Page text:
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May 03, 2012

The Shock Labyrinth

shock labyrinth 1.jpg

Senritsu Meikyu
Takashi Shimizu - 2009
Well Go USA Entertainment Region 1 DVD

I feel like an old fogie, not only not being able to watch the Blu-ray version, but even worse, missing out on the 3D Blu-ray. I can imagine someone muttering about how watching a movie nowadays on DVD is so late 20th Century. Anyways . . .

It would have been even better to have had the opportunity to see Takashi Shimizu's film as originally intended, in a theater. Sadly though, unless the art theaters do some technological upgrades, or the multiplexes take chances on more imported fare, stateside audiences are going to miss some interesting work done in 3D, such as this film, and the British StreetDance.

The basic story is about three childhood friends who reunite after ten years. All about twenty years old, the dark and stormy night is disrupted by the appearance of a fourth friend, Yuki, who claims she has escaped from a hospital. Three three aren't sure if that really is Yuki. Meeting with Yuki's teenage sister, things go from bad to worse, as Yuki suddenly is in need of hospitalization. The hospital that this quartet finds appears to be in the middle of nowhere, and seem abandoned. As in the stories of Edgar Allan Poe, the film takes place in a building with a life of its own.

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I can only imagine what The Shock Labyrinth looked like theatrically, and can only hope that any filmmakers wishing to work in 3D would study this film. Shimizu emphasizes depth and a keen sense of color, expressively using yellow, pink and red. A shot near the end of the film, of a long corridor, and feathers floating down, took my breath away. Definitely recommended is the supplementary section which discusses the creation of a small camera, allowing for shooting in 3D in confined spaces. The film was shot on location near Mount Fuji, mostly inside the attraction, Labyrinth of Horrors.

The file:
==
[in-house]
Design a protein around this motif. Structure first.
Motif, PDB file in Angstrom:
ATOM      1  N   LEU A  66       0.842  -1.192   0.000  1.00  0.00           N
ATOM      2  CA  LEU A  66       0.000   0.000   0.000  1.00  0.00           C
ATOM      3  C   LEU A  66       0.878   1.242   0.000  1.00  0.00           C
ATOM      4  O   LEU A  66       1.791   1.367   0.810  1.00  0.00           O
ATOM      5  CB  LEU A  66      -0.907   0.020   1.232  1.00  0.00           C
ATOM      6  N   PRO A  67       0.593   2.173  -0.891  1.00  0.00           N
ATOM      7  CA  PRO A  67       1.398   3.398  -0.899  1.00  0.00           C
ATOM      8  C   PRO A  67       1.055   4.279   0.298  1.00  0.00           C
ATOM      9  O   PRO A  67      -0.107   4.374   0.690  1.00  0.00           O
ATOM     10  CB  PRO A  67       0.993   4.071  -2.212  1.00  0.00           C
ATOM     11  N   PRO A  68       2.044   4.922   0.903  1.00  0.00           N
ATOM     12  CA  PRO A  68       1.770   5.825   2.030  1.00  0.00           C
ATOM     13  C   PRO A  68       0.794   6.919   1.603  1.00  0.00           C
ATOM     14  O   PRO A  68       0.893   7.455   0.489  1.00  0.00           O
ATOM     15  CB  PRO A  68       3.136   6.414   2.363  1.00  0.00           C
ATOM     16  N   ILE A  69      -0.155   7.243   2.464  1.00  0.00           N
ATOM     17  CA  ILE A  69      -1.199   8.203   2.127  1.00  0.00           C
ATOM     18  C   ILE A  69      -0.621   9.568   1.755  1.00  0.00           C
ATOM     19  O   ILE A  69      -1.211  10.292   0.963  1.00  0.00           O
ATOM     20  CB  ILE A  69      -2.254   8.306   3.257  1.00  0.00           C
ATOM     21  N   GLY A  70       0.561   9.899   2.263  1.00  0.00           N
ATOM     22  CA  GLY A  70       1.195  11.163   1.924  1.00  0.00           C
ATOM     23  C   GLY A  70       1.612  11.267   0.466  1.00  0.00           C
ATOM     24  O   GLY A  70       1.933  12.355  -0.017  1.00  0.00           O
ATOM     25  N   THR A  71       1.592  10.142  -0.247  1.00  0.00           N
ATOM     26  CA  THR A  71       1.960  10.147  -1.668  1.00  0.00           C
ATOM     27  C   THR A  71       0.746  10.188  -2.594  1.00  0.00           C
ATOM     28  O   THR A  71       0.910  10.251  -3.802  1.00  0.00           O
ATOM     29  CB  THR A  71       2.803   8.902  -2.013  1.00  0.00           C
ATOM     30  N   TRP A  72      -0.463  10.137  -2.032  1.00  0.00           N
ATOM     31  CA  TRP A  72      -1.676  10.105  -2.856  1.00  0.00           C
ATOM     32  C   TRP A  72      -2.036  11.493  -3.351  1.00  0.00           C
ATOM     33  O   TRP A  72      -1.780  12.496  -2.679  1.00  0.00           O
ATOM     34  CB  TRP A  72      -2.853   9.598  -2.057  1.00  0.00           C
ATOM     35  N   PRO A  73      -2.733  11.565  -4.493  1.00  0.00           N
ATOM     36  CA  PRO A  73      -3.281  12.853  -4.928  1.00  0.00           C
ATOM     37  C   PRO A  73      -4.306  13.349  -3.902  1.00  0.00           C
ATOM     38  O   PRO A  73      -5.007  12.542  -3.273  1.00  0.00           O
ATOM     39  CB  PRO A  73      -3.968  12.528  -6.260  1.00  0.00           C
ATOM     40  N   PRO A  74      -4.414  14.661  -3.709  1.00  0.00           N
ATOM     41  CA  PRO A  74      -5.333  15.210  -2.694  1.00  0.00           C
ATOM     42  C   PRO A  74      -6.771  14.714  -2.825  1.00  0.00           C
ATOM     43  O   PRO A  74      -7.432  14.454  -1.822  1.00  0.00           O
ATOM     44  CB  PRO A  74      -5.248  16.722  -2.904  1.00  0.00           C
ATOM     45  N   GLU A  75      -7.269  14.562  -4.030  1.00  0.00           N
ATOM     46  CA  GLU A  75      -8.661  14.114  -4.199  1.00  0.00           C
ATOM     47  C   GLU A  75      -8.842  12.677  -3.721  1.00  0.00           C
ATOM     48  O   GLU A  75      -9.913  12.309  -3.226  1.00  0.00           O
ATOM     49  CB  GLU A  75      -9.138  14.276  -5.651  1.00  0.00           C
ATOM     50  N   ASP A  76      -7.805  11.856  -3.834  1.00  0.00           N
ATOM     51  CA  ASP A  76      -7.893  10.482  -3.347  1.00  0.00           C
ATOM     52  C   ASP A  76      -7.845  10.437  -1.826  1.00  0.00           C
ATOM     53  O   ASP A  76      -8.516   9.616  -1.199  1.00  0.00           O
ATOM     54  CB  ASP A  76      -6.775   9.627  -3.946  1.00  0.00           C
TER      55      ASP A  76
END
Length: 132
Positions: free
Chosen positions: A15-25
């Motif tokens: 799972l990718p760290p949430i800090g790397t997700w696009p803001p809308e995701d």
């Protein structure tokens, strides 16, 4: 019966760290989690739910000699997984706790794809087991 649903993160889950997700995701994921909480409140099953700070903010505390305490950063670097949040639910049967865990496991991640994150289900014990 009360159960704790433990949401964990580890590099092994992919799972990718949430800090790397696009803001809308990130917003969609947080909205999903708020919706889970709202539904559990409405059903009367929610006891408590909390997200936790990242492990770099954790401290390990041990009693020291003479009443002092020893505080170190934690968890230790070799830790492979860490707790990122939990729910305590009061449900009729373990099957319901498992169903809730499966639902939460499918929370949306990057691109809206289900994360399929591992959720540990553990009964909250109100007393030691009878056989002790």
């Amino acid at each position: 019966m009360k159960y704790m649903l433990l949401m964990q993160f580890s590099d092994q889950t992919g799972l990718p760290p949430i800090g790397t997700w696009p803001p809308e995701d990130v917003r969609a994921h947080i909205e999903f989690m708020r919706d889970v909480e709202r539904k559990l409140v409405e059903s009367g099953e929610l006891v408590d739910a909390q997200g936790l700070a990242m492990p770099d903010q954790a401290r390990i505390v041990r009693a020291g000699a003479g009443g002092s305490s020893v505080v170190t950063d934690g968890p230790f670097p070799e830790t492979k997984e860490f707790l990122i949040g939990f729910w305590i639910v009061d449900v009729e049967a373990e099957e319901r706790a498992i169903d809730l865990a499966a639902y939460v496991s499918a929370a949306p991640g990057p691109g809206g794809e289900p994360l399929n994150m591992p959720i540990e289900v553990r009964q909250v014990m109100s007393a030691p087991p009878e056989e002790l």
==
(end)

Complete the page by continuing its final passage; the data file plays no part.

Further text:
Shimizu smartly steers clear of what currently passes for horror. Instead, there is a buildup of dread and creepiness, as past and present converge, collide and wrap around each other. Shimizu makes use of some iconic imagery, such as the child's rabbit back pack that seems to have a life of its own, and a spiral stairway with a red railing. I was also reminded of Alejandro Amenabar's The Others, where there is uncertainty about who are the ghosts, and who is doing the haunting in this house of horrors. The story takes on the logic of a dream where the characters are helpless to change their future, especially in the face of a past revealed.

On the face of it, Shock Labyrinth might seem resistible with the basic premise of young people trapped in a haunted house. But as anyone who has watched dozens of genre films, be they film noir or westerns, or anything else, will tell you, it's not the story but how you tell the story that makes the difference. And as for the 3D, Takashi Shimizu is much younger than Wim Wenders, Werner Herzog and Martin Scorsese, but I think he could teach these acknowledged masters a thing or two.

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Posted by Peter Nellhaus at May 3, 2012 08:47 AM